Promising “a year of action” as he tries to rejuvenate a presidency mired in low approval ratings and stymied by partisan stalemates, Mr. Obama used his annual State of the Union address to chart a new path forward relying on his own executive authority. But the defiant “with or without Congress” approach was more assertive than any of the individual policies he advanced.
“I’m eager to work with all of you,” a confident Mr. Obama told lawmakers of both parties in the 65-minute nationally televised speech in the House chamber. “But America does not stand still — and neither will I. So wherever and whenever I can take steps without legislation to expand opportunity for more American families, that’s what I’m going to do.”
Read the full New York Times Article here.
- SOTU: Sometimes the faces in the room tell their own story January 28, 2014
- Wendy Davis unveils part of her education platform January 10, 2014
Wendy Davis on Thursday unveiled an education plan that would boost teacher pay, enhance a state teacher loan repayment program and make it easier for students interested in teaching careers to go to college.
“Education must be the number one priority we address as a state,” the state senator from Fort Worth said during a panel discussion at the University of Texas at Arlington. “It is part of making sure that we keep a promise to Texas, that where they start should have nothing to do with where they go.”
Davis, the likely Democratic nominee for governor, wants to make improving public education the core issue in her campaign against Texas Attorney General Greg Abbott. Read more here.
UPDATE: Republican Greg Abbott’s spokesman, Matt Hirsch, called Davis’ proposals “more fuzzy math – a plan that will increase spending and impose more mandates on Texas universities without explaining how to pay for it.”
“Greg Abbott believes in genuine local control of education: empowering parents, teachers, and principals to serve our students well,” Hirsch said in a written statement. “Greg Abbott has traveled and will continue to travel across Texas, meeting with educators to learn how he can achieve his goal to make our education system number one in the nation.” Read more here.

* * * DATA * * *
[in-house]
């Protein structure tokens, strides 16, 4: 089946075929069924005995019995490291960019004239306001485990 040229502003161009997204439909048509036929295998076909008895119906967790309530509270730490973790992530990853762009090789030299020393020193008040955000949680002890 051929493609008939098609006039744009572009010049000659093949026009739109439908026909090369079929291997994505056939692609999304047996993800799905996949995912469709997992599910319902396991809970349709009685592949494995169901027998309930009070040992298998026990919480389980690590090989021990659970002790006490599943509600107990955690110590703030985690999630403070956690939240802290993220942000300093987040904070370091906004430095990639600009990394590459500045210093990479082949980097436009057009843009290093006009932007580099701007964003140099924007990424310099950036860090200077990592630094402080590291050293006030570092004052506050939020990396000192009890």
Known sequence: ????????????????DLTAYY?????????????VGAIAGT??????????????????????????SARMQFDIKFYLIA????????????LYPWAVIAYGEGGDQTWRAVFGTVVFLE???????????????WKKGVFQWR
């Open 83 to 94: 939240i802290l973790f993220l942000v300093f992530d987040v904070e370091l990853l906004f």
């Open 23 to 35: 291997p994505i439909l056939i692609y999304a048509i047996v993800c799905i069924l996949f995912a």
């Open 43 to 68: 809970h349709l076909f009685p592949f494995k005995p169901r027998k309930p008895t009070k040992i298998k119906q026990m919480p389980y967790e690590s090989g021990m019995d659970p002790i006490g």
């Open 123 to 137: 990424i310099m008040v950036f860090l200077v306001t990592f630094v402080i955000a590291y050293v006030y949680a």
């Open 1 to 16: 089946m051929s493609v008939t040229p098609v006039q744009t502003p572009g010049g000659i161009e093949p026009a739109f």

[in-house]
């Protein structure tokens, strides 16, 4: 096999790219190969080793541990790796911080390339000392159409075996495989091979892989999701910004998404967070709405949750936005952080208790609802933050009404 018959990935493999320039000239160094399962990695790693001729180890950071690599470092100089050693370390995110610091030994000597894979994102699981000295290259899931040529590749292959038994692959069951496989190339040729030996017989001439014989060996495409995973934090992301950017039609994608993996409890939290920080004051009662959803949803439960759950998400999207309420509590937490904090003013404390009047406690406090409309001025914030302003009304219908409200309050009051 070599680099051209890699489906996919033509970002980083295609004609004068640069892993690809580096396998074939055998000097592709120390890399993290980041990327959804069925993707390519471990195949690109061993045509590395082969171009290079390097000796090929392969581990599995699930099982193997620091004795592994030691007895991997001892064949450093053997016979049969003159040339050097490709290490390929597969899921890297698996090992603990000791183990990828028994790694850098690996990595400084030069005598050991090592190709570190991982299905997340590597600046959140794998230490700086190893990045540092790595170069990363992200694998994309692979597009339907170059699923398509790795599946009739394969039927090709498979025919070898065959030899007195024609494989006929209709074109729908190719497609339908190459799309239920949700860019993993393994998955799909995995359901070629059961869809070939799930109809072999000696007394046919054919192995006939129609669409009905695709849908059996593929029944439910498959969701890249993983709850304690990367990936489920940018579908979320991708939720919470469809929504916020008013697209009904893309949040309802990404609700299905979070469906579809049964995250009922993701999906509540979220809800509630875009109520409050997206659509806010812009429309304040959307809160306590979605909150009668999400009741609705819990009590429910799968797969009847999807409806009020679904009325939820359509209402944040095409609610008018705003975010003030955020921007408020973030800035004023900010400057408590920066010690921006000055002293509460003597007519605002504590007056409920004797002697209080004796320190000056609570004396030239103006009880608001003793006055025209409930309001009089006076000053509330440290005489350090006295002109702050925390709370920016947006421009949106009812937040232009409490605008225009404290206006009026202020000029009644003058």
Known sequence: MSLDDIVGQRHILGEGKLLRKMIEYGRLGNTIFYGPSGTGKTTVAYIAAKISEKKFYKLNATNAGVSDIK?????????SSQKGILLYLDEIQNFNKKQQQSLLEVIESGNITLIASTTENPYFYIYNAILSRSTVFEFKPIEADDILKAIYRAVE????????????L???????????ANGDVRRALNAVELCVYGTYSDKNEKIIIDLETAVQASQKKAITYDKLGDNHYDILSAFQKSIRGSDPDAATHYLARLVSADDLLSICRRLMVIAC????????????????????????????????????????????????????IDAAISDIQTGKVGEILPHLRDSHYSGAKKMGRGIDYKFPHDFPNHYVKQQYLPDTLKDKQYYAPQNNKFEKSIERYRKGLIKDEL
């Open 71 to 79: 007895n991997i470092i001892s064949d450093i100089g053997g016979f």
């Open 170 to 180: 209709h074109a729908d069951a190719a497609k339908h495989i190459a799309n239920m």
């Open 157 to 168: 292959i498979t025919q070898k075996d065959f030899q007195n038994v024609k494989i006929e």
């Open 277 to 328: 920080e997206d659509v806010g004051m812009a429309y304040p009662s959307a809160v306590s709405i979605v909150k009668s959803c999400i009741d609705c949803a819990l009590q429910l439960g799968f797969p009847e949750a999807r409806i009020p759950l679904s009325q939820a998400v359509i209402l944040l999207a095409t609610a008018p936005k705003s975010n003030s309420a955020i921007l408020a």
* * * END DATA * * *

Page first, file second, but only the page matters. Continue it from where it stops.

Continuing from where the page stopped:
- A very ‘paranormal’ baby announcement-Couple surprises friends and family with good news in the form of a horror movie trailer January 10, 2014
Part “Paranomal Activity,” part “Parenthood,” this baby announcement/mock trailer for “Bun in the Oven” is a must-see.
We open on a lone woman in a dimly lit kitchen. She’s at the sink. It’s all very eerie. Suddenly, the oven (OK, the stovetop) makes a noise. She turns around. It… it… the gas has turned on by itself.
The woman calls her fella, who comes home to take a look at the malfunctioning appliance. Nothing wrong as far as he can tell.
But later, the oven turns on again. Then, a phone call. It’s coming from inside the oven! Gasp! Read more here.
- Drivers must plan to get discounts on LBJ toll lanes by logging on and registering their trip January 8, 2014
DALLAS — It’s billed as the latest way to help you beat traffic — for a price.
The new TEXpress Lanes on LBJ Freeway stretch from Greenville Avenue to Preston Road. They are three weeks old, and they’ve piqued the interest of drivers who travel on the busy highway.
“Whenever we first saw that it was open, we were like ‘Hey! We can go faster, get places sooner, even if we’re just paying a little bit more!’” said Casey Erdmann, who lives in North Dallas.
Erdmann said she welcomes the convenience, and the varying cost to use the road.
LBJ Express tolls will increase during rush hour. But there’s confusion over the HOV price you may have seen posted.
If you want “50 percent off,” you have to get it yourself.
“In order to get the discount , you have to have a TollTag and you have to register your trip,” explained LBJ Express spokeswoman Dia Kuykendall. “And the discount only applies for the peak periods of travel.”
What does that mean? There are no cameras to do the work for you. LBJ Express says it is up to the driver to go online to the TEXpress website, create an account, and tell them when you’ll be riding with someone else during morning or evening rush hours.
Only then will you be eligible for the cheaper toll. Read the whole story here.
NORTH CENTRAL TEXAS COUNCIL OF GOVERNMENT MUST CHANGE-VOTE THEM OUT REGARDLESS OF THEIR POLITICAL AFFILIATION. THE NORTH TEXAS COUNCIL OF GOVERNMENT IS BAD FOR TEXANS.
2013-2014 Executive Board Steve Terrell
City of Allen
Mayor Pro Tem
City of Arlington
Vonciel Jones Hill
City of Dallas
City of Lancaster
Dr. Larry Marshall
City of Benbrook
City of Joshua
City of Fort Worth
Mayor Pro Tem
City of Plano
B. Glen Whitley
Representative Toni Rose
Member of the Texas Legislature
Ex Officio, Nonvoting Member
- Colonel John Antal Book Signing Event tomorrow in Grapevine January 3, 2014
What: Colonel John Antal signs his book 7 Leadership Lessons of the American Revolution: The Founding Fathers, Liberty and the Struggle for Independence
Where: Books-A-Million 3000 Grapevine Mills Parkway Grapevine, TX 76051
When: Saturday January 4th from 1P-4P
More Info: American-Leadership.com
Special Presentation at 2P!!!